Lesson 5 of 6
In Progress

Theological Themes in 1 John


This book insists on the full coming of the Son of God into human flesh–a fully human Savior. Many philosophies and religions of the first and second centuries saw the body or flesh as inherently evil, and this led some people to resist the idea of Jesus as God incarnate. There are indications in 1 John that these ideas had influenced some in the Johannine community, and the author insists that only those spirits who confess that “Jesus Christ has come in the flesh” are from God (1 John 4:2-3).

Light and darkness

As is often typical of writings produced in the context of conflict or schism, 1 John assumes a strong and unambiguous division between good and evil, light and dark, faith and unbelief, Christians and “the world.” These  binary categories are no doubt an oversimplification of real life, but they serve the author’s purpose of persuading readers/hearers to remain true to what they have been taught.


There is an undeniable tension in 1 John regarding the topic of sin. On the one hand, the author insists that “if we say that we have no sin, we deceive ourselves, and the truth is not in us,” and that it is essential that we confess our sins to be forgiven and cleansed (1:8-9). On the other hand, the author says that “no one who abides in him sins; no one who sins has either seen him or known him” (3:6), that “everyone who sins is a child of the devil” (3:8), and that “those who have been born of God do not sin”—indeed, they cannot sin (3:9). 

How do we understand these contradictory statements? Some interpreters have suggested that in chapter 3, the author is talking about those who willfully continue in sin without repentance, rather than those who genuinely seek to “walk in the light” but occasionally fall. The author wants to motivate readers not to sin, while at the same time acknowledging that no one is completely without sin, and that we all depend on the forgiveness and grace of God, mediated through our “advocate” (parakletos), Jesus Christ (2:1).


While the Gospel of John tends to view Jesus’ saving work in a holistic sense as being enacted in his incarnation, life, ministry, death, resurrection, and ascension, 1 John puts more emphasis on Jesus’ death as the primary locus of atonement. 1 John uses the word hilasmos (translated “atoning sacrifice” by the NRSV) twice (2:2; 4:10). These are the only occurrences of hilasmos in the New Testament, though the related word hilastérion, meaning “place of atonement,” appears in Romans 3:25 and the verb hilaskomai (“make a sacrifice of atonement”) occurs in Hebrews 2:17.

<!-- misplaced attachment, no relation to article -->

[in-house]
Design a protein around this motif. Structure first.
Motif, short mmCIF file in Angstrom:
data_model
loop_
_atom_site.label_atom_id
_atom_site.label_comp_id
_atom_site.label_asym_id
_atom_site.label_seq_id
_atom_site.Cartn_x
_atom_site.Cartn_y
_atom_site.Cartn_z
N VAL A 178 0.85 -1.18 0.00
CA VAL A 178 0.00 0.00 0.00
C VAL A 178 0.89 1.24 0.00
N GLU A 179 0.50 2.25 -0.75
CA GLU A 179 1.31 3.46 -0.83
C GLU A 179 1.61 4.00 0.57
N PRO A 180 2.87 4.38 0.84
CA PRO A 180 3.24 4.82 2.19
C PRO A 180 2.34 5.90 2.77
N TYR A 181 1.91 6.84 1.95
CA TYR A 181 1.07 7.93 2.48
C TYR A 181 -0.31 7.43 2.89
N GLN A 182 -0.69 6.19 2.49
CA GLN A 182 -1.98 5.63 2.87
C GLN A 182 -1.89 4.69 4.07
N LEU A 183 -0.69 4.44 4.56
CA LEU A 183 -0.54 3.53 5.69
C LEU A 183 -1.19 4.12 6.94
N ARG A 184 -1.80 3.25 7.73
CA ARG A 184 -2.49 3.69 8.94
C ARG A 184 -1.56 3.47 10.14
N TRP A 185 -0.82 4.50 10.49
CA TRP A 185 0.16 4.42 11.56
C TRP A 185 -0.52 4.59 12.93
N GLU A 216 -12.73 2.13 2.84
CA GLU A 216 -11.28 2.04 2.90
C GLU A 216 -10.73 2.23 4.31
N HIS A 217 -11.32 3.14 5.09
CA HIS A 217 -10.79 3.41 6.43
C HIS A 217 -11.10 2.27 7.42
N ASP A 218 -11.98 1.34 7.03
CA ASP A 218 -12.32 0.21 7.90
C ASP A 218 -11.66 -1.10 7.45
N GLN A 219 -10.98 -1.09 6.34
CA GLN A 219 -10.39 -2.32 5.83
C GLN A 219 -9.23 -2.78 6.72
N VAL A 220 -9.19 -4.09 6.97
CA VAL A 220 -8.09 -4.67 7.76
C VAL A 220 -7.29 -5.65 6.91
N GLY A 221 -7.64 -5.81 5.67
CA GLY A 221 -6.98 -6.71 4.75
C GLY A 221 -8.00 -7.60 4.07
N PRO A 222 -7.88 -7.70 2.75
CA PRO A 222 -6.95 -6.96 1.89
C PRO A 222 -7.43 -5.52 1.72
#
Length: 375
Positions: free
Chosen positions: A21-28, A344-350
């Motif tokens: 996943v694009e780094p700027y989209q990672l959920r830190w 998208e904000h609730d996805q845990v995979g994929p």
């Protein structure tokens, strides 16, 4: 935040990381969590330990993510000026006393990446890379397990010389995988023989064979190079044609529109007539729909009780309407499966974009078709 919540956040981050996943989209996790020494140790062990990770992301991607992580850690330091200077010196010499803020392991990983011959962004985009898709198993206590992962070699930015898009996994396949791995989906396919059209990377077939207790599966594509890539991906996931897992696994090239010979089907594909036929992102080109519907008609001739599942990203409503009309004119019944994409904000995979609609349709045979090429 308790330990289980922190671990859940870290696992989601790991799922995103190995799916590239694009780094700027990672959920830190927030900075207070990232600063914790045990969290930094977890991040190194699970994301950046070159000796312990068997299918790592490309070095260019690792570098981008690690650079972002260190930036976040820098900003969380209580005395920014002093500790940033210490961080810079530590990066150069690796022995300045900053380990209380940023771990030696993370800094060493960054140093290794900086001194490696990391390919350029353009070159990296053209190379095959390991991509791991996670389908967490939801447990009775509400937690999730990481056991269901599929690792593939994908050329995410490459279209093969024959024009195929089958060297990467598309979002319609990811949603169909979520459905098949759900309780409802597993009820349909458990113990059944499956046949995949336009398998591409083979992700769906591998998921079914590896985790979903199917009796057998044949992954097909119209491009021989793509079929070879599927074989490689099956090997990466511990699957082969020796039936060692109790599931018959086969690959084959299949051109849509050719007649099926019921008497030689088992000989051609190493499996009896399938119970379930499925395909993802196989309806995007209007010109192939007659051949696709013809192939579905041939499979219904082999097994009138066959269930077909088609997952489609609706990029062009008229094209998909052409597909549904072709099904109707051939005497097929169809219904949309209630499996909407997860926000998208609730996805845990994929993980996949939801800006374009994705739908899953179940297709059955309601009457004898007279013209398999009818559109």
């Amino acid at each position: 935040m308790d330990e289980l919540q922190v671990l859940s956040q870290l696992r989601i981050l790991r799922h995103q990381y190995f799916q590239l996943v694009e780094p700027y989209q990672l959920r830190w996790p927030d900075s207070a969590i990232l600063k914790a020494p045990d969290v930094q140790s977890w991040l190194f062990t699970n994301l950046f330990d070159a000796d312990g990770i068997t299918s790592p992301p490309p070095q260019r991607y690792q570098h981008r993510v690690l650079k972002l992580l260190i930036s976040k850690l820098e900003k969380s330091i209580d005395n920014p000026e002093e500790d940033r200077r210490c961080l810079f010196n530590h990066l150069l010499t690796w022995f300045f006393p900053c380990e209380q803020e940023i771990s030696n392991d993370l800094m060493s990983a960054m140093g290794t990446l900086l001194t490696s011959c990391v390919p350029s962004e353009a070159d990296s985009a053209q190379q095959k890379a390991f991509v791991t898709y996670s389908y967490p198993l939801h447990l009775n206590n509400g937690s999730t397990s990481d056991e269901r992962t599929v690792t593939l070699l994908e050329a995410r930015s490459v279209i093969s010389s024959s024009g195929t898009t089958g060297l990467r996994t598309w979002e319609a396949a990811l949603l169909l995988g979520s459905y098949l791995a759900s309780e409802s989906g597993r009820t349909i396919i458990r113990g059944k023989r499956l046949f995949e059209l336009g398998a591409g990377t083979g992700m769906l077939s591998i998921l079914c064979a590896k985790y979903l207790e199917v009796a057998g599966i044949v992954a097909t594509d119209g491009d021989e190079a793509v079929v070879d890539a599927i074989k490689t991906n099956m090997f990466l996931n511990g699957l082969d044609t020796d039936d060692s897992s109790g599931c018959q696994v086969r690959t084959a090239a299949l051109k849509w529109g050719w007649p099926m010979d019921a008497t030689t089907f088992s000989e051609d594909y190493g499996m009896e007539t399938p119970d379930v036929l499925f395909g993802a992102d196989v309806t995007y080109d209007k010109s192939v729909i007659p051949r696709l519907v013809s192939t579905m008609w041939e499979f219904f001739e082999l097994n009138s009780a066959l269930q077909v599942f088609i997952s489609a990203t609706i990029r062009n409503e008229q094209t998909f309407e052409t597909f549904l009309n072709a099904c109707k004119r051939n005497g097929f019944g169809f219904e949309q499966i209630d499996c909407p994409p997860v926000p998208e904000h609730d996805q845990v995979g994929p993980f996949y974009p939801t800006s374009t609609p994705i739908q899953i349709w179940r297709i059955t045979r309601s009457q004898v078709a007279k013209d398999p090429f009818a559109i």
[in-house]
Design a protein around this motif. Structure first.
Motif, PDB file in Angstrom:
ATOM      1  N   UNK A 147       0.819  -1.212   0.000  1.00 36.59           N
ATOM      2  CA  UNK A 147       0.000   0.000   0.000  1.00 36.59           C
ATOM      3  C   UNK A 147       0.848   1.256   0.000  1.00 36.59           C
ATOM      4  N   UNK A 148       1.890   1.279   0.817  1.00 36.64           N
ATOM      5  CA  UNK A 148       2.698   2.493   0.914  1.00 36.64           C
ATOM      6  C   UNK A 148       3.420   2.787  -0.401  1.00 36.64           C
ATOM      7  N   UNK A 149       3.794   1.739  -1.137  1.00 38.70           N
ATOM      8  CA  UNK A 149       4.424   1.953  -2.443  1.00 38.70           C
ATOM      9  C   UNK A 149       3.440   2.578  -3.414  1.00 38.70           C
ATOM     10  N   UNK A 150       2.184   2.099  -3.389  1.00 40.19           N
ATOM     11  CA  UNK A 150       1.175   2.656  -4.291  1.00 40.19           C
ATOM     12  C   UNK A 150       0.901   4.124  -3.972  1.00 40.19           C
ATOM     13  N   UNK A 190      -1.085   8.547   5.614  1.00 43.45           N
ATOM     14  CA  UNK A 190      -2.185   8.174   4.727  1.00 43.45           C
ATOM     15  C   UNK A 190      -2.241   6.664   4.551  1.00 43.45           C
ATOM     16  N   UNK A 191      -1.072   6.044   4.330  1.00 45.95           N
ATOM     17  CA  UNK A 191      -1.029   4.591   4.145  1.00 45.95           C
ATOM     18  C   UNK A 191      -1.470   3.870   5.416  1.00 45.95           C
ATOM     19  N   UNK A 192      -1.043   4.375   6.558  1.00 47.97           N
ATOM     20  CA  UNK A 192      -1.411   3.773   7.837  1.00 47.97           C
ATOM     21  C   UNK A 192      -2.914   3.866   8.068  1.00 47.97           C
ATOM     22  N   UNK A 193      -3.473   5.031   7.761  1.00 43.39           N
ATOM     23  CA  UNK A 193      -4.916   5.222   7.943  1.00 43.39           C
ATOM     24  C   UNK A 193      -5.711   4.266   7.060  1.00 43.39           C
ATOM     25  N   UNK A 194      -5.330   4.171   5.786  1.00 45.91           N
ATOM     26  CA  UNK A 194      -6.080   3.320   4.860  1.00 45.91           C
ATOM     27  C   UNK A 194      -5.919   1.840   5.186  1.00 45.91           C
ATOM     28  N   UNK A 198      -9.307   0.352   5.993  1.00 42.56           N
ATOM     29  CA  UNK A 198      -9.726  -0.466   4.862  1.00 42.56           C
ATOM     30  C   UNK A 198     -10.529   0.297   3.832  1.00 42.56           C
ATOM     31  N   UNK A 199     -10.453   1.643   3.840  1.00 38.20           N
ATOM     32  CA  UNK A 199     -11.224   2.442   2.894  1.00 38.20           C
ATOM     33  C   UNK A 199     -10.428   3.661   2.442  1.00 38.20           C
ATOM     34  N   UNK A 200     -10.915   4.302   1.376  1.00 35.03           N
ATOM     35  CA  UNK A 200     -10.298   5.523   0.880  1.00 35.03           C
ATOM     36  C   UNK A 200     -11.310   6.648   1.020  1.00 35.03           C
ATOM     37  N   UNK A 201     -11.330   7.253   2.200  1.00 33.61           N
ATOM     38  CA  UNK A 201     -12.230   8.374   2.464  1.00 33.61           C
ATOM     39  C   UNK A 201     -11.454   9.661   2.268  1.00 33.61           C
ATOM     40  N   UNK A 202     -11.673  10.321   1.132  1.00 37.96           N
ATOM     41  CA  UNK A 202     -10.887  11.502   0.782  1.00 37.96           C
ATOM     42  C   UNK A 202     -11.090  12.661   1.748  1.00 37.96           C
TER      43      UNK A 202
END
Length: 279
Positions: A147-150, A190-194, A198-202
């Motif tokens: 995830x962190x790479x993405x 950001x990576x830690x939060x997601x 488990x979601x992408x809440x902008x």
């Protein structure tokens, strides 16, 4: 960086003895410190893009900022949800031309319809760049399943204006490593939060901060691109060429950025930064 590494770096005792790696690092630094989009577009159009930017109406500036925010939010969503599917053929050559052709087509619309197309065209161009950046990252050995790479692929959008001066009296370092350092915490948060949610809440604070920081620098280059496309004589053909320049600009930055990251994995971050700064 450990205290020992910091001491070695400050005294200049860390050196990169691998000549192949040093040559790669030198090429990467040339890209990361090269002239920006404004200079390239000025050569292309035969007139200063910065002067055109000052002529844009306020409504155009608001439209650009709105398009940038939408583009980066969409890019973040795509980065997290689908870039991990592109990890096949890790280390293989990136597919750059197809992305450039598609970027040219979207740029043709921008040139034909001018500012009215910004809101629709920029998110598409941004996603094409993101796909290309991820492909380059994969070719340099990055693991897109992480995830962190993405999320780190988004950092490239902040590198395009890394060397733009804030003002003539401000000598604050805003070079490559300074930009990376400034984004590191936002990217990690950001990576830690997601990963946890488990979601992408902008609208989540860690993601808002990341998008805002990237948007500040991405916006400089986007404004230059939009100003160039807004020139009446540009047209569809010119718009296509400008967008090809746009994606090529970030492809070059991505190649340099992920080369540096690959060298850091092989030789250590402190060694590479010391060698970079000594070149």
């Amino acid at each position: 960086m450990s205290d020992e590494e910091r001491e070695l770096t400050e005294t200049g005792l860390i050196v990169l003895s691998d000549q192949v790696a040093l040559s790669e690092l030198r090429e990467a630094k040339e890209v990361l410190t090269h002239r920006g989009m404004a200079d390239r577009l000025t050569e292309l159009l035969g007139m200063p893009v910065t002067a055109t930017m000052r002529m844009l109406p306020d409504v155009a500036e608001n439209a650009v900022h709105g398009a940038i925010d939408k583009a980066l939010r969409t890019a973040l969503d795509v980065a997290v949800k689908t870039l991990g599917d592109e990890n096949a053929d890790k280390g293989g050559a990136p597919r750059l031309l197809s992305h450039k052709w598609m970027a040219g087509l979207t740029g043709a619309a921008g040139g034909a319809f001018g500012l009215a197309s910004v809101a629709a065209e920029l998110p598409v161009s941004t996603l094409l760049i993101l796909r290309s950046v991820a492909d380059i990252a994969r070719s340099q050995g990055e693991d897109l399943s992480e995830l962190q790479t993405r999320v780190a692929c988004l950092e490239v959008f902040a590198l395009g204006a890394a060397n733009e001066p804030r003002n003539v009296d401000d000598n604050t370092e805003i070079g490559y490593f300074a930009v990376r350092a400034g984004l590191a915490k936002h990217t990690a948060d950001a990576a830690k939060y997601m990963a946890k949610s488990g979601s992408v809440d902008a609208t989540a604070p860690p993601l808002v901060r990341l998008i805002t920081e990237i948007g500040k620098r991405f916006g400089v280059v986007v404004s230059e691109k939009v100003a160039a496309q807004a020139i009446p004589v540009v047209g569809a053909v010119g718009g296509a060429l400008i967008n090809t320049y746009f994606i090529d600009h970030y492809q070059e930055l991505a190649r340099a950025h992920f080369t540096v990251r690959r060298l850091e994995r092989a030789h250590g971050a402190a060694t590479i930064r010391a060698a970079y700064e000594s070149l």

The understanding of atonement in these verses is one of expiation – cleansing or removal of sin – rather than propitiation or appeasement of an angry God. Indeed, the sacrifice of atonement is understood as an act of love and mercy on the part of God, enacted by God’s Son. 1 John 3:16 affirms that “we know love by this, that he laid down his life for us.” 

In 5:6, the author writes: “This is the one who came by water and blood, Jesus Christ, not with the water only but with water and the blood,” likely an allusion to the soldier’s piercing of Jesus’ side in John 19:34. This detail in John 19 leaves no doubt that Jesus suffered a real, human death. Perhaps the allusion to this verse in 1 John 5:6 is meant to emphasize the importance of Jesus’ physical death for our salvation.


Love is at the core of who God is. Likewise, love must guide the life of Christian believers who work and live (“walk”) in the light of God. John famously claims that God is love(4:8). God’s love was revealed among us most particularly in his sending of his Son into the world so that we might live through him (4:9), and this great act of love calls us to love one another. “In this is love, not that we loved God but that he loved us and sent his Son to be the atoning sacrifice for our sins. Beloved, since God loved us so much, we also ought to love one another” (4:10-11). Likewise, in 3:16, the author says that “we know love by this, that he laid down his life for us – and we ought to lay down our lives for one another.” Such love is expressed concretely by sharing our goods with those who are in need (3:17).

“Walking” as ethics

John the Elder uses the metaphorical expression walk to speak of the life of faith and discipleship. The importance of Christian ethics –”walking in the light” (1:7) – receives strong emphasis.  The ethics of 1 John is perhaps best summarized in 3:23: “And this is his commandment, that we should believe in the name of his Son Jesus Christ and love one another, just as he has commanded us.”